Almost 200,000 residents near Oroville Lake evacuated their homes at the order of the California Office of Emergency Services an multiple other law enforcement agencies due to the possibility of the Oroville Dam’s emergency spillway failing. Standing at 770 feet tall, the Oroville dam is the tallest in the United States. Continuous flood control released onto the spillway caused by recent heavy rains damaged the dam’s main spillway, and engineers were forced to limit its use.
This marked the first use of emergency spillway since the dam’s construction on Feb. 11. To ensure that the emergency spillway was not eroded to the extent that it would endanger the dam, the use of the main spillway was increased. However, now both the main and emergency spillways are in need of repair, and more heavy rains are predicted for this region in the near future. This possibility for disaster highlights some risks that have endangered property and lives.
In 2005, the government received a motion filed by three environmental groups – the Friends of the River, the Sierra Club and the South Yuba Citizens League – concerning the Oroville Dam’s relicensing. This motion expressed concerns with the state of the emergency spillway and asked federal officials to reinforce the spillway with concrete. This motion cited concern for an event that nearly happened on Sunday and still could happen in the near future. It claims that the state of the emergency spillway could result in a “loss of crest control,” which would endanger many lives. With this situation seeming like a possibility, the dismissal of this warning seems both ignorant and reckless. This narrowly avoided disaster must be a wakeup call for those who oversee infrastructure. If any group sees a reason for concern regarding infrastructure and public safety, it is necessary that it be properly investigated. Risks should be minimized.
Perhaps one of the reasons this warning was ignored was because it concerned the emergency, or “back-up” mechanisms, which take millions of dollars to fix. Ron Stork, a flood management expert and the author for the motion to strengthen the emergency spillway with concrete, stated that the pushback was that they would “never use that spillway.” While it is true that the hope for emergency infrastructure is that it will never be needed, it needs to be viable and strong, and those building the infrastructure must assume it could be used at some point. The dismissal of the motion to armor the spillway in 2005 was because it would take millions to complete. Yet this event has led to over a hundred million dollars in damages. Not strengthening the emergency infrastructure not only caused evacuated residents, but also resulted in higher costs than the original fortifications.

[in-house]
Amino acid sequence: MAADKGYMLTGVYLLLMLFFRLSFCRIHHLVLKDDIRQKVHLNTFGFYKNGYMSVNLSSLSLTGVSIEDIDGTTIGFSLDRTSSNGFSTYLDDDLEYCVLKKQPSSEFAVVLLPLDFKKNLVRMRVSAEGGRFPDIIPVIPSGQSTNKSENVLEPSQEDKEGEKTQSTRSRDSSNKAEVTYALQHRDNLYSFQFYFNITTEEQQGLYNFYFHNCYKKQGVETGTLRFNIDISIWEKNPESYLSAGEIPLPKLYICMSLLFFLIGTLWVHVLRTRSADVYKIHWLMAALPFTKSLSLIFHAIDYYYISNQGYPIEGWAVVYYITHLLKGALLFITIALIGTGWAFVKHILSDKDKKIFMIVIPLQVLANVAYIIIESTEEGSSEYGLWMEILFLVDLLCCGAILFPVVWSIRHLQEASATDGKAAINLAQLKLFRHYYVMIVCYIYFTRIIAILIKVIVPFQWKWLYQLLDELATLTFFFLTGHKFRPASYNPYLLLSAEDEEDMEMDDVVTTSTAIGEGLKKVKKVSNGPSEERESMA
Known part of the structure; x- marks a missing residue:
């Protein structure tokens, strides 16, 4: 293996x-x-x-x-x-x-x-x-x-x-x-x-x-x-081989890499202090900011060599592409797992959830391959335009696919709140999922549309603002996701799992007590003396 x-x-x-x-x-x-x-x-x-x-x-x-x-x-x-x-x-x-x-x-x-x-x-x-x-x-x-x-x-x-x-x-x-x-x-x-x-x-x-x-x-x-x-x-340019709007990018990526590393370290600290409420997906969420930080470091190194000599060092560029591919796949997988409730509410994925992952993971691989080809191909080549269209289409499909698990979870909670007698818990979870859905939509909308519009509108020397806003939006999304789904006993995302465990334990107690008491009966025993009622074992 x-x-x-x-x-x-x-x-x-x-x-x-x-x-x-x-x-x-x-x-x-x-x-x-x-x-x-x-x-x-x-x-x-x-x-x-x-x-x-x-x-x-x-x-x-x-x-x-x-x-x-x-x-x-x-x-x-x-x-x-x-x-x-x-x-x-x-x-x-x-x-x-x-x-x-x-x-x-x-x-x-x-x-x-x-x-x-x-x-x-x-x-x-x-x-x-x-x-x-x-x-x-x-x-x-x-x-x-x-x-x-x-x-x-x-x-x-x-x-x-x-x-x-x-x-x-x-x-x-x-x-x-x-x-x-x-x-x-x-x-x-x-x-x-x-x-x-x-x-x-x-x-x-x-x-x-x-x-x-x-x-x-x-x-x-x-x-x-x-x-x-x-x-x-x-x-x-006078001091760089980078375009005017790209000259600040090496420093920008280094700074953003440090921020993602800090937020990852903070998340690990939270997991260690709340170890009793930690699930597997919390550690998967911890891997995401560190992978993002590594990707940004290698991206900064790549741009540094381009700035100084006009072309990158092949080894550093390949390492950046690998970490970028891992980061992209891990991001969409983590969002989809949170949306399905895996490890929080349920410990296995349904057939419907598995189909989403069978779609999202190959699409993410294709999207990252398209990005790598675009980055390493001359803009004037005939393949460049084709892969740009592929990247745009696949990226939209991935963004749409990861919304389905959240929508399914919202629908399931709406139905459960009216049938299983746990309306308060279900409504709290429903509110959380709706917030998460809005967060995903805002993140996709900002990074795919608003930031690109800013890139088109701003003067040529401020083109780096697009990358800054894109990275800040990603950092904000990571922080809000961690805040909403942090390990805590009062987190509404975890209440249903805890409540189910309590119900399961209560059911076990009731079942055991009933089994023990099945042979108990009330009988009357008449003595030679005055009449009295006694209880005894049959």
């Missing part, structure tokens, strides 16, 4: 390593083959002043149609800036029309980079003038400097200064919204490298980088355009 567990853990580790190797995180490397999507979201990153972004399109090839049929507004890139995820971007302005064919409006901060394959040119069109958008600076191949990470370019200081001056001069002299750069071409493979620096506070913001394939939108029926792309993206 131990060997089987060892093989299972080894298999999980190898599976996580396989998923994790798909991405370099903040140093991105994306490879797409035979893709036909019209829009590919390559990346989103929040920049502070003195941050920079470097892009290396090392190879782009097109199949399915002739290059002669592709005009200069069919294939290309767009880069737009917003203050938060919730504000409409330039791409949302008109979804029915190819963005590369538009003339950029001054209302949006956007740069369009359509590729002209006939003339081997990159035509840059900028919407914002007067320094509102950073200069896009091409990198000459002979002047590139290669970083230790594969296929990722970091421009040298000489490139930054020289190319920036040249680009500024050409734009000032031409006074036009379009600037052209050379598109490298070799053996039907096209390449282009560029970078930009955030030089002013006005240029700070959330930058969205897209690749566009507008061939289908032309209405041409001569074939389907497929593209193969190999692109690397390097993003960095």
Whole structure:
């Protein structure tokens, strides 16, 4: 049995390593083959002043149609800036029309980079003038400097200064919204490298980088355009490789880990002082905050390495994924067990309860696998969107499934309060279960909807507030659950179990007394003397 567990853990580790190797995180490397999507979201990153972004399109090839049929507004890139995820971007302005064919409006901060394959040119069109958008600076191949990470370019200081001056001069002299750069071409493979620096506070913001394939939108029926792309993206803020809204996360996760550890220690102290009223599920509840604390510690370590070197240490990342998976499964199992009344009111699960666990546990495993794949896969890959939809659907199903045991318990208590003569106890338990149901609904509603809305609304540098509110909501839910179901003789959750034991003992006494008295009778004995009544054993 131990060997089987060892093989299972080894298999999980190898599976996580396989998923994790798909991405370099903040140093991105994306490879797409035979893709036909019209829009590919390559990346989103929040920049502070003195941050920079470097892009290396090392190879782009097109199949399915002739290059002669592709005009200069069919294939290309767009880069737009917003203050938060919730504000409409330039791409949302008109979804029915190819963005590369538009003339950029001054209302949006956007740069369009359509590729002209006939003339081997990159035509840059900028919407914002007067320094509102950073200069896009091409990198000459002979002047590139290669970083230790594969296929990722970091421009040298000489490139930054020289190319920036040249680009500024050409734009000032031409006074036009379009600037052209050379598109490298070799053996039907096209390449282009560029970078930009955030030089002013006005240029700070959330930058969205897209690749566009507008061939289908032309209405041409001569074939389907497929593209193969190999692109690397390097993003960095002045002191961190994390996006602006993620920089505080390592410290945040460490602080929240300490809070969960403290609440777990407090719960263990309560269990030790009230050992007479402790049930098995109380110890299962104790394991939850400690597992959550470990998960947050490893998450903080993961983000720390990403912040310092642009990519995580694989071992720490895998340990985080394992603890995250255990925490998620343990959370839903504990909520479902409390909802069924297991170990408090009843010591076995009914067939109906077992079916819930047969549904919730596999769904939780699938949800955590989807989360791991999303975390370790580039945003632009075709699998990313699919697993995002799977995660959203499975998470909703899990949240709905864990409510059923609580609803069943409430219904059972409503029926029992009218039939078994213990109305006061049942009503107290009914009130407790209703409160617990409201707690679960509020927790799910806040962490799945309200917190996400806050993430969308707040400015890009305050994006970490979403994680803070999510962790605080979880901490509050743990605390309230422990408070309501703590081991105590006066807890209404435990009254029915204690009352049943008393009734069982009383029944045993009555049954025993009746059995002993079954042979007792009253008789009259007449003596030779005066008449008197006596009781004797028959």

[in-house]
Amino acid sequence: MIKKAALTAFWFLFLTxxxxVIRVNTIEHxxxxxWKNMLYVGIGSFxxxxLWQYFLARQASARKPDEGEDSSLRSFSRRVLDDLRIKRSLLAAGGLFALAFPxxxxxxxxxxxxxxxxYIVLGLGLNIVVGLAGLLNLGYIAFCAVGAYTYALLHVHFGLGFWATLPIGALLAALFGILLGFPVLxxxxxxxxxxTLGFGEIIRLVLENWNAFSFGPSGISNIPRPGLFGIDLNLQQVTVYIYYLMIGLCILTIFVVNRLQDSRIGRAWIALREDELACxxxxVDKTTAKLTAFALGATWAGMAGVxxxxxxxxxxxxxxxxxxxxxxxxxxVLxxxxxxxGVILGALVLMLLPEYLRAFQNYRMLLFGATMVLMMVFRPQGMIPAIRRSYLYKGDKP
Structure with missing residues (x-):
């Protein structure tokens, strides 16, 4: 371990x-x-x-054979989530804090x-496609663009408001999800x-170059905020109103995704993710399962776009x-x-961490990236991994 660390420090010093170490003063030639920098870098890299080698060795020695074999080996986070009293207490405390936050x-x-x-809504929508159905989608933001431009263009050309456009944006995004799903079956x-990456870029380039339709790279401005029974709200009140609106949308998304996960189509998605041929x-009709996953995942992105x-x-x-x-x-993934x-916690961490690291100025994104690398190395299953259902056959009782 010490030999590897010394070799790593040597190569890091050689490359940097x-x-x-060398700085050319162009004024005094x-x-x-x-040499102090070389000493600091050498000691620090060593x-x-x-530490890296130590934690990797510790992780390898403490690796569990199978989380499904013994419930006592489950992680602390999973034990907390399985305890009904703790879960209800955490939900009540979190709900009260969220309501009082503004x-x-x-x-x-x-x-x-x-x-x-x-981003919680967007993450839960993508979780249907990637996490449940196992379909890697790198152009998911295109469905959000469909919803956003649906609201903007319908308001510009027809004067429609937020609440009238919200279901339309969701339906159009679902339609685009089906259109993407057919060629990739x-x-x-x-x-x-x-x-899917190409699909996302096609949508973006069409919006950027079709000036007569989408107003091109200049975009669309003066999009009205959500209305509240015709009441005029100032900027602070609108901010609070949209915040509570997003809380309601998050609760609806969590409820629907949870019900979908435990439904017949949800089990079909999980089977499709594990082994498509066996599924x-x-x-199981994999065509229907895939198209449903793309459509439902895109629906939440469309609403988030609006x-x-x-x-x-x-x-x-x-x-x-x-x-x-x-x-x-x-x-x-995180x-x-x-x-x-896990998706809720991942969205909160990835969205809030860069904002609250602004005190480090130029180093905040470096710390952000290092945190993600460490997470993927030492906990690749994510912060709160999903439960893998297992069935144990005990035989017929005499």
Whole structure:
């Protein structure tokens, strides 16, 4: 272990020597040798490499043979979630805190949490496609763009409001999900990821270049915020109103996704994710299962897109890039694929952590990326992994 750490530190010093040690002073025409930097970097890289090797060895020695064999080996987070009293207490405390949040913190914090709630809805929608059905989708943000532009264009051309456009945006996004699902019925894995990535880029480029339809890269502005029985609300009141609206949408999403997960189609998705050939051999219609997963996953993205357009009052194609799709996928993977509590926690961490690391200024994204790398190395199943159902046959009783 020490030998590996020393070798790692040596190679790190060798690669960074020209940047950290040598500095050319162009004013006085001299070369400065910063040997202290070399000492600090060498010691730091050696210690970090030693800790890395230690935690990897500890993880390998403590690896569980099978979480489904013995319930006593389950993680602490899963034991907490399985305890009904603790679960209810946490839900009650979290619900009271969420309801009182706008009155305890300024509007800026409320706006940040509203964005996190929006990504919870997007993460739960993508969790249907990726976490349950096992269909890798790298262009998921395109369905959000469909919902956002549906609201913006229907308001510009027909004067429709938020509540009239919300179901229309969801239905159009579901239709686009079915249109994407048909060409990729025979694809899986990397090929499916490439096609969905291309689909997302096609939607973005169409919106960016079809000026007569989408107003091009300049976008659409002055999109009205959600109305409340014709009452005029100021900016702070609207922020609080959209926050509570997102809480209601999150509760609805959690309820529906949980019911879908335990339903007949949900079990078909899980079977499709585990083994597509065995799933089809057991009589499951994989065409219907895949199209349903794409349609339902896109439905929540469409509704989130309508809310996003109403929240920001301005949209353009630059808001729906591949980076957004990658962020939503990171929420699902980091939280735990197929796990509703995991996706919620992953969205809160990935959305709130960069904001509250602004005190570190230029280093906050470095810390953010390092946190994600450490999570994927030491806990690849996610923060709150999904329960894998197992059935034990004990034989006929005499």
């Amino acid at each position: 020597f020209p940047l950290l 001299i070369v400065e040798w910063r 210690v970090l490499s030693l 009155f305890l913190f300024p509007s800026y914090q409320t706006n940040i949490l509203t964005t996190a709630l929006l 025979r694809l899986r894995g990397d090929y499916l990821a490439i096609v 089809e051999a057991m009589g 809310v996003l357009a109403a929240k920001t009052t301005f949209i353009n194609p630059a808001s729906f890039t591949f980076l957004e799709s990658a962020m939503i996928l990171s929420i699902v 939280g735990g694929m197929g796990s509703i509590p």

This event also highlights the focus and resources our government must put into updating and repairing our infrastructure. As of 2013, 14,726 of the country’s 87,359 dams were considered to have high hazard potentials, meaning that if the dams were to fail, the result would be human casualties. This does not mean that those dams are in poor condition, but it emphasizes the necessity that they must be maintained and their safety measures updated.
According to the American Society of Civil Engineers, the average age of the country’s dams is 52 years. The group gave California a D for the conditions of its dams, levees and flood control infrastructure, and they gave many dams throughout the nation this same grade. This event reminds us that infrastructure impacts and can risk people’s lives if it is not maintained, and this should alert us to the fact that resources must be dedicated to prevent these situations.
On Tuesday, the evacuation advisement was rescinded, yet these reminders remain. Our infrastructure is more than tools or resources; its management aids us, and its disrepair endangers us.
Alyssa Luis is a weekly columnist for The Daily Campus opinion section. She can be reached via email at email@example.com.